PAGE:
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Stone Spiral

Clay Comparisons & Identifying Unmarked Clay

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Hey there,

 

I have several bags of clay that are not in their original boxes, and so I can't identify them as "M325" "H441G" etc etc. I can tell colour and consistency, obviously, but my eye is not good enough yet to know precisely what type of clay each one is. I compared to what I do have labelled and did my best educated guess, but there are a couple that I can't figure out.

 

Can I assume they are all okay to fire to Cone 6, and just not attempt any up to Cone 10?

 

What is your advice for using unknown clay bodies?

Also, a newbie question for you... is it okay to mix different kinds of clay bodies together if they are both able to fire at the same temperature? For example, I want to make a piece with medium fire grey clay and then put a relief on it with a different (still medium fire) red clay. In what instance would this NOT work, or what should I look out for?

 

Part 2 - What's the rule on mixed clays for reclaim? If my wheel slop pan has mixed types of clay together, can I reclaim that mixture (as long as it is all medium fire)? I realize mixing different colours of clays and slips could be used for effect, but could also be undesirable if done unintentionally/accidentally. I'm just wondering about how it would fire, if I chose to do it. For example, medium fire clays of different colours/textures mixed together into one ball.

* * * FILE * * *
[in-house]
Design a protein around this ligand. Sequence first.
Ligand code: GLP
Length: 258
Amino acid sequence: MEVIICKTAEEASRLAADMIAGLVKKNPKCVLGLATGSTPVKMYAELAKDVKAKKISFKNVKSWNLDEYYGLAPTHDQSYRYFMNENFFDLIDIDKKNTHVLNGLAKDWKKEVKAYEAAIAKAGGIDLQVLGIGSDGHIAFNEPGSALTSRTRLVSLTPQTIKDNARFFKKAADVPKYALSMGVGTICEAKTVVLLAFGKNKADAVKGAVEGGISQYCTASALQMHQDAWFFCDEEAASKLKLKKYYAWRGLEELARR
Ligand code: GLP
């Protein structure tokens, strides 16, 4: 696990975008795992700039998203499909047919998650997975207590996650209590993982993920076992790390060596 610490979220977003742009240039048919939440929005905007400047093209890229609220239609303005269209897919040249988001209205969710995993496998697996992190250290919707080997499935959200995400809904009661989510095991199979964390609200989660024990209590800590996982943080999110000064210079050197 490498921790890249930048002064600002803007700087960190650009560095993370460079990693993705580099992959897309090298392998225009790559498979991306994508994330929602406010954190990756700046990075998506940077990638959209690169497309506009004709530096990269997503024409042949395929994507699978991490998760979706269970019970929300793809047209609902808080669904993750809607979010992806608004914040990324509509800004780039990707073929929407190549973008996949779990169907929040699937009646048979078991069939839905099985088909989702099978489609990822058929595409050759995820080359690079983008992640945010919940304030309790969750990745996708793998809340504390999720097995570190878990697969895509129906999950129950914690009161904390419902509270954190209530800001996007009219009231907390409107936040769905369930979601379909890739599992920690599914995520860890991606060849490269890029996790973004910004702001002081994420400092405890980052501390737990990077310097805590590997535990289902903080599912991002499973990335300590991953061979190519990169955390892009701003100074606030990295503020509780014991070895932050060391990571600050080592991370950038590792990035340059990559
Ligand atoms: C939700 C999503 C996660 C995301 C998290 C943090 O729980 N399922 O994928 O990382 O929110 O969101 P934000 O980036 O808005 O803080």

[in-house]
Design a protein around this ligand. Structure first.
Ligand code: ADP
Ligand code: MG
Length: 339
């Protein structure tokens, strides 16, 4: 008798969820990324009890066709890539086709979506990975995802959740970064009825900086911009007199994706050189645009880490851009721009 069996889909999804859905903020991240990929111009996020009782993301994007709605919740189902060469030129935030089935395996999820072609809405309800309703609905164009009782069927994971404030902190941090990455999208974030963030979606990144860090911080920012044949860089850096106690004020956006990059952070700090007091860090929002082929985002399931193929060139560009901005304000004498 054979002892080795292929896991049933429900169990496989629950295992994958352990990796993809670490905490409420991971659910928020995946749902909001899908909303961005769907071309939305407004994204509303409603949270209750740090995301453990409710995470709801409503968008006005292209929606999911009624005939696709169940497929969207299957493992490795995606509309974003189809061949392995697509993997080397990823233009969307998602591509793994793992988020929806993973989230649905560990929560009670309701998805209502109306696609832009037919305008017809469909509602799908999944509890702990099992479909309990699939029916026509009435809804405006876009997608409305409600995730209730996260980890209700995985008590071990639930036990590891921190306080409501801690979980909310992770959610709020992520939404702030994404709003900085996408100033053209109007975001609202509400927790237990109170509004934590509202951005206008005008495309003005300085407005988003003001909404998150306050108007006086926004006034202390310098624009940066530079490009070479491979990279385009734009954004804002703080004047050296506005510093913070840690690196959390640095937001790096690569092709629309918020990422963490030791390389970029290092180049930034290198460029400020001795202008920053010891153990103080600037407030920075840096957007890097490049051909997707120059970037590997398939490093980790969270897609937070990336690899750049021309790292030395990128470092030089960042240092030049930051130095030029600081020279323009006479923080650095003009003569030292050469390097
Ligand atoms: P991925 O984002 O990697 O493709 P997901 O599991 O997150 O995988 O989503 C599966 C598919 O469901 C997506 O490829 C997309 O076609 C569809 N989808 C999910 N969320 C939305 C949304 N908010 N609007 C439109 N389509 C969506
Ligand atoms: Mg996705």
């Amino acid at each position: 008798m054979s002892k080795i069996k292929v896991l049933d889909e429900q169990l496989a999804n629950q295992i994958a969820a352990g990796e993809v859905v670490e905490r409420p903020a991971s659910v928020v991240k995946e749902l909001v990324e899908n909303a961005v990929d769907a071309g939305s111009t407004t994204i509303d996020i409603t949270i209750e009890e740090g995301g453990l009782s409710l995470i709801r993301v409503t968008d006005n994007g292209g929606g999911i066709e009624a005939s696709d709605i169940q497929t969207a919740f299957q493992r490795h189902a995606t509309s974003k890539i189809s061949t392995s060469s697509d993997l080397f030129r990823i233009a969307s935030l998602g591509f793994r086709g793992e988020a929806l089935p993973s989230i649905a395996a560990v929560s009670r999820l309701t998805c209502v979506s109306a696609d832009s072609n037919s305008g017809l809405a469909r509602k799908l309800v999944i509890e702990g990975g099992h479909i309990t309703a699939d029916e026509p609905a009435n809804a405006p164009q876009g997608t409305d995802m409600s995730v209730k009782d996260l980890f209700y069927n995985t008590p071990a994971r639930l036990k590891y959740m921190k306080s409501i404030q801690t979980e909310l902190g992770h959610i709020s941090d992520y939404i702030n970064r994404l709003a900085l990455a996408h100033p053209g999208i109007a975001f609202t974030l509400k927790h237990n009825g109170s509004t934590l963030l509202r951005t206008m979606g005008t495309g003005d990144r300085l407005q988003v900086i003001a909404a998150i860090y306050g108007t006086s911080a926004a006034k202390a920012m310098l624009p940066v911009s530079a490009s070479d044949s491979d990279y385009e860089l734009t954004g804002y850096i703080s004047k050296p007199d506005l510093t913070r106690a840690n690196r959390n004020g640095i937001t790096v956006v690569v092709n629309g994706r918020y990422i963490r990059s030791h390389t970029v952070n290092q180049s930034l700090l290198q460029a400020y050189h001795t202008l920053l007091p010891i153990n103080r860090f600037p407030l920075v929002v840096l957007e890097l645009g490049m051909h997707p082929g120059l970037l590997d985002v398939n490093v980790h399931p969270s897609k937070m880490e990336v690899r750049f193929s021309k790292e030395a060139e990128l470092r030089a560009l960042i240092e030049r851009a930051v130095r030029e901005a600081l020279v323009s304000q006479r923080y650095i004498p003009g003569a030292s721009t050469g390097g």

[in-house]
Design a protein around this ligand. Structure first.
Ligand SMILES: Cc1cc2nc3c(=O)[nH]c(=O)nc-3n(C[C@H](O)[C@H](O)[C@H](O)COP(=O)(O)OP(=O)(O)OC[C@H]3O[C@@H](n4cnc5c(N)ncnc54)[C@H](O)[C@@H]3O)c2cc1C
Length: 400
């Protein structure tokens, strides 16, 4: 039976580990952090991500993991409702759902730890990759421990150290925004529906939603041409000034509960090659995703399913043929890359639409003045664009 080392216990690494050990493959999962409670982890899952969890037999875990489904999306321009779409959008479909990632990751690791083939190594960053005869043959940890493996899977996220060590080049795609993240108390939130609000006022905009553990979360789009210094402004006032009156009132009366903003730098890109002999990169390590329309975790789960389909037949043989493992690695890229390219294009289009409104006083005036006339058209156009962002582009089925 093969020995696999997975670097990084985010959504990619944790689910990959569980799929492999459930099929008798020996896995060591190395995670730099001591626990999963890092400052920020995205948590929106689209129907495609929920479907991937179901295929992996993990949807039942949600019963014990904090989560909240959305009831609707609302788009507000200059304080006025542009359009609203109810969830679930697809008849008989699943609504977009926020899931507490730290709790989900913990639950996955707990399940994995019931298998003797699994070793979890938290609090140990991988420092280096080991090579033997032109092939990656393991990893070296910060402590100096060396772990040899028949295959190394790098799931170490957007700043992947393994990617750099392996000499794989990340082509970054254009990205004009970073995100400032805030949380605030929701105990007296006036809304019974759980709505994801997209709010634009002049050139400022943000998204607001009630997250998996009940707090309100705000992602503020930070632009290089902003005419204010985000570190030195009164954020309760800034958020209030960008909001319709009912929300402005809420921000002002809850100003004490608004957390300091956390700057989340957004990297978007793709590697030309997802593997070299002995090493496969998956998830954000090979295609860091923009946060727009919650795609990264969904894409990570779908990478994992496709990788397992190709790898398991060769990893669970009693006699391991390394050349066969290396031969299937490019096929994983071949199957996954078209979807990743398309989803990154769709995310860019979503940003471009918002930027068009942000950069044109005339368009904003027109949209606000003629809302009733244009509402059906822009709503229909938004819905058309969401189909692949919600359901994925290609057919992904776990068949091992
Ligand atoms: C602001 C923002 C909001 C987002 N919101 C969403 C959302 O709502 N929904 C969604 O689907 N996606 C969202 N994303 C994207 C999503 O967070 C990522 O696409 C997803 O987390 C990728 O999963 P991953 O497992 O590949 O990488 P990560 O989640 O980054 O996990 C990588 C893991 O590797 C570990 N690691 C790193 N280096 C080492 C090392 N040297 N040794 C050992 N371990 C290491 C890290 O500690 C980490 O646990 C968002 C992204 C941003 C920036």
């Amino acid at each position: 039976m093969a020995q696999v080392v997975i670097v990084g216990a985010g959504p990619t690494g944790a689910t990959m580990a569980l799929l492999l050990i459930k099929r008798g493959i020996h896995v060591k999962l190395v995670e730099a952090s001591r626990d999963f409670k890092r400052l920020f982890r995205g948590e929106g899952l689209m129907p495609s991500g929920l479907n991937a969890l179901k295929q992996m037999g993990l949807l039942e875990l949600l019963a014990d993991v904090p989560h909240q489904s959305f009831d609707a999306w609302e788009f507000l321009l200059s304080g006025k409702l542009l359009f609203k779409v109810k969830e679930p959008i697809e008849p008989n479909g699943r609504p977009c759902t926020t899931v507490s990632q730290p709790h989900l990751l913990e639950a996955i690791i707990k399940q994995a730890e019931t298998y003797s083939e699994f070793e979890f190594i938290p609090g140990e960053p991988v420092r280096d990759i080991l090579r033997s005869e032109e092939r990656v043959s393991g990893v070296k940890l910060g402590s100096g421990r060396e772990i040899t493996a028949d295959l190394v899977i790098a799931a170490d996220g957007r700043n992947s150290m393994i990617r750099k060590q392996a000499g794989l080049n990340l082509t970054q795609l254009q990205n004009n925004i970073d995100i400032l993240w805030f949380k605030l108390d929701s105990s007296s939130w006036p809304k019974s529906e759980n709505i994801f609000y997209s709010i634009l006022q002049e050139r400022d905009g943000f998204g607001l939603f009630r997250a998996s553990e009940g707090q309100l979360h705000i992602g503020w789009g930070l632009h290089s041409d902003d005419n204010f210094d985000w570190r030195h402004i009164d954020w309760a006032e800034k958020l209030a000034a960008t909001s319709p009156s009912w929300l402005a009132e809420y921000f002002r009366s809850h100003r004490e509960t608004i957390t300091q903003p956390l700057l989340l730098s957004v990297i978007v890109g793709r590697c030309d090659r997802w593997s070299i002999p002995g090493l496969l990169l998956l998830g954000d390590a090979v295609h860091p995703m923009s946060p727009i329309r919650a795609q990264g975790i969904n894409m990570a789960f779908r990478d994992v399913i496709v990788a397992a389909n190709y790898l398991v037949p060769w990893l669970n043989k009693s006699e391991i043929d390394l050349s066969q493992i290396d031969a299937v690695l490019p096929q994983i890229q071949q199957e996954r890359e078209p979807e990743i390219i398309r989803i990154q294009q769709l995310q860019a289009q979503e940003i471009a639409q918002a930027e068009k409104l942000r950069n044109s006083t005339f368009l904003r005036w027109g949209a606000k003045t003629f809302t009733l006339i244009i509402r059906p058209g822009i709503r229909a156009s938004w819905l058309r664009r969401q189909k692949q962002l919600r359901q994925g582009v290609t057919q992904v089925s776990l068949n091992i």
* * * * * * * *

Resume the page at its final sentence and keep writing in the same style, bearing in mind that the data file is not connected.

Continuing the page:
I realized that was a lot of questions in one! haha. Thanks for taking the time to share your wisdom and experience... this community is such a valuable resource! You're all gems : )

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Unmarked bags ... A very common problem. (Not that I've ever done it myself ... Ha ha)

You should default to your lowest firing temperature unless you like to clean kiln shelves.

I would not mix clay bodies on functional wares but for decorative stuff I would try it.

When using two clay bodies on the same piece, try to match their shrinkage rates and their stage of wetness.

Reclaim of mixed clays ... Donate it to your yard.